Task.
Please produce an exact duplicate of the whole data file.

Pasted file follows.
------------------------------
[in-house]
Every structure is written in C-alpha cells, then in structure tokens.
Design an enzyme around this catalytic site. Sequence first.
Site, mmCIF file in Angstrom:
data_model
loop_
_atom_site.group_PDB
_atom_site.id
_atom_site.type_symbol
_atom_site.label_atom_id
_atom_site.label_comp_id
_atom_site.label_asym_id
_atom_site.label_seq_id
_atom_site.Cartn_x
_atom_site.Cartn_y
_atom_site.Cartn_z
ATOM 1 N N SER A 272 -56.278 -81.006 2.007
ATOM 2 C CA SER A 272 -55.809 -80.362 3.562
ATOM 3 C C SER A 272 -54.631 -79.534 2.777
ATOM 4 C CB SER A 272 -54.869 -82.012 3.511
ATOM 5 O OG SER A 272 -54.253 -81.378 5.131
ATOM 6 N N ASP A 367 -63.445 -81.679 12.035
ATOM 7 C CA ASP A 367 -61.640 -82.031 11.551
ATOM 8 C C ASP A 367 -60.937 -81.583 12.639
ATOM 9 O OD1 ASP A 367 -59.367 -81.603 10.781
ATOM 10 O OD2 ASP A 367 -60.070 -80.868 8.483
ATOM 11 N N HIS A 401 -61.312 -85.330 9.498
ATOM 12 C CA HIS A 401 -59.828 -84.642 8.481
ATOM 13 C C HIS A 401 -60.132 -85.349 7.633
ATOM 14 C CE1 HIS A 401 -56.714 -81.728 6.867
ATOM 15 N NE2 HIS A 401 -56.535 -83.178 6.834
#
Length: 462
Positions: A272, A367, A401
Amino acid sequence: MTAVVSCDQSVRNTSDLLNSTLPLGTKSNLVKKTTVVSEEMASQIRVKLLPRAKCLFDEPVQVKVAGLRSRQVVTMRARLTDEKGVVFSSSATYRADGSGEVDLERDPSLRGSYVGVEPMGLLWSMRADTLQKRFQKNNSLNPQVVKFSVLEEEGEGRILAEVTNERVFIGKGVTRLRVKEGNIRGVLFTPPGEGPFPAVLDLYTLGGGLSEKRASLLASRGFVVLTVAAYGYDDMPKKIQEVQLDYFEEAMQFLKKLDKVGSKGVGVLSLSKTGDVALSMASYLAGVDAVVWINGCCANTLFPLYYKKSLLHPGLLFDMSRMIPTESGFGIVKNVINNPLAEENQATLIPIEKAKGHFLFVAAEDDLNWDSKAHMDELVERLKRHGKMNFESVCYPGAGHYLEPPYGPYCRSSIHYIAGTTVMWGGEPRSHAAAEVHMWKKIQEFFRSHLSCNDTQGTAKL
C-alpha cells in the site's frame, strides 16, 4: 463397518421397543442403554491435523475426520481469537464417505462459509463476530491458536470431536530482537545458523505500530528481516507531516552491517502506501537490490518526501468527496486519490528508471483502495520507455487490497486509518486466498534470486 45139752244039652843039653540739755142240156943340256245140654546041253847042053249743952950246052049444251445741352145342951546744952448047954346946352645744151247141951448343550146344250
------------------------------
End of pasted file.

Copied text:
[in-house]
Every structure is written in C-alpha cells, then in structure tokens.
Design an enzyme around this catalytic site. Sequence first.
Site, mmCIF file in Angstrom:
data_model
loop_
_atom_site.group_PDB
_atom_site.id
_atom_site.type_symbol
_atom_site.label_atom_id
_atom_site.label_comp_id
_atom_site.label_asym_id
_atom_site.label_seq_id
_atom_site.Cartn_x
_atom_site.Cartn_y
_atom_site.Cartn_z
ATOM 1 N N SER A 272 -56.278 -81.006 2.007
ATOM 2 C CA SER A 272 -55.809 -80.362 3.562
ATOM 3 C C SER A 272 -54.631 -79.534 2.777
ATOM 4 C CB SER A 272 -54.869 -82.012 3.511
ATOM 5 O OG SER A 272 -54.253 -81.378 5.131
ATOM 6 N N ASP A 367 -63.445 -81.679 12.035
ATOM 7 C CA ASP A 367 -61.640 -82.031 11.551
ATOM 8 C C ASP A 367 -60.937 -81.583 12.639
ATOM 9 O OD1 ASP A 367 -59.367 -81.603 10.781
ATOM 10 O OD2 ASP A 367 -60.070 -80.868 8.483
ATOM 11 N N HIS A 401 -61.312 -85.330 9.498
ATOM 12 C CA HIS A 401 -59.828 -84.642 8.481
ATOM 13 C C HIS A 401 -60.132 -85.349 7.633
ATOM 14 C CE1 HIS A 401 -56.714 -81.728 6.867
ATOM 15 N NE2 HIS A 401 -56.535 -83.178 6.834
#
Length: 462
Positions: A272, A367, A401
Amino acid sequence: MTAVVSCDQSVRNTSDLLNSTLPLGTKSNLVKKTTVVSEEMASQIRVKLLPRAKCLFDEPVQVKVAGLRSRQVVTMRARLTDEKGVVFSSSATYRADGSGEVDLERDPSLRGSYVGVEPMGLLWSMRADTLQKRFQKNNSLNPQVVKFSVLEEEGEGRILAEVTNERVFIGKGVTRLRVKEGNIRGVLFTPPGEGPFPAVLDLYTLGGGLSEKRASLLASRGFVVLTVAAYGYDDMPKKIQEVQLDYFEEAMQFLKKLDKVGSKGVGVLSLSKTGDVALSMASYLAGVDAVVWINGCCANTLFPLYYKKSLLHPGLLFDMSRMIPTESGFGIVKNVINNPLAEENQATLIPIEKAKGHFLFVAAEDDLNWDSKAHMDELVERLKRHGKMNFESVCYPGAGHYLEPPYGPYCRSSIHYIAGTTVMWGGEPRSHAAAEVHMWKKIQEFFRSHLSCNDTQGTAKL
C-alpha cells in the site's frame, strides 16, 4: 463397518421397543442403554491435523475426520481469537464417505462459509463476530491458536470431536530482537545458523505500530528481516507531516552491517502506501537490490518526501468527496486519490528508471483502495520507455487490497486509518486466498534470486 45139752244039652843039653540739755142240156943340256245140654546041253847042053249743952950246052049444251445741352145342951546744952448047954346946352645744151247141951448343550146344250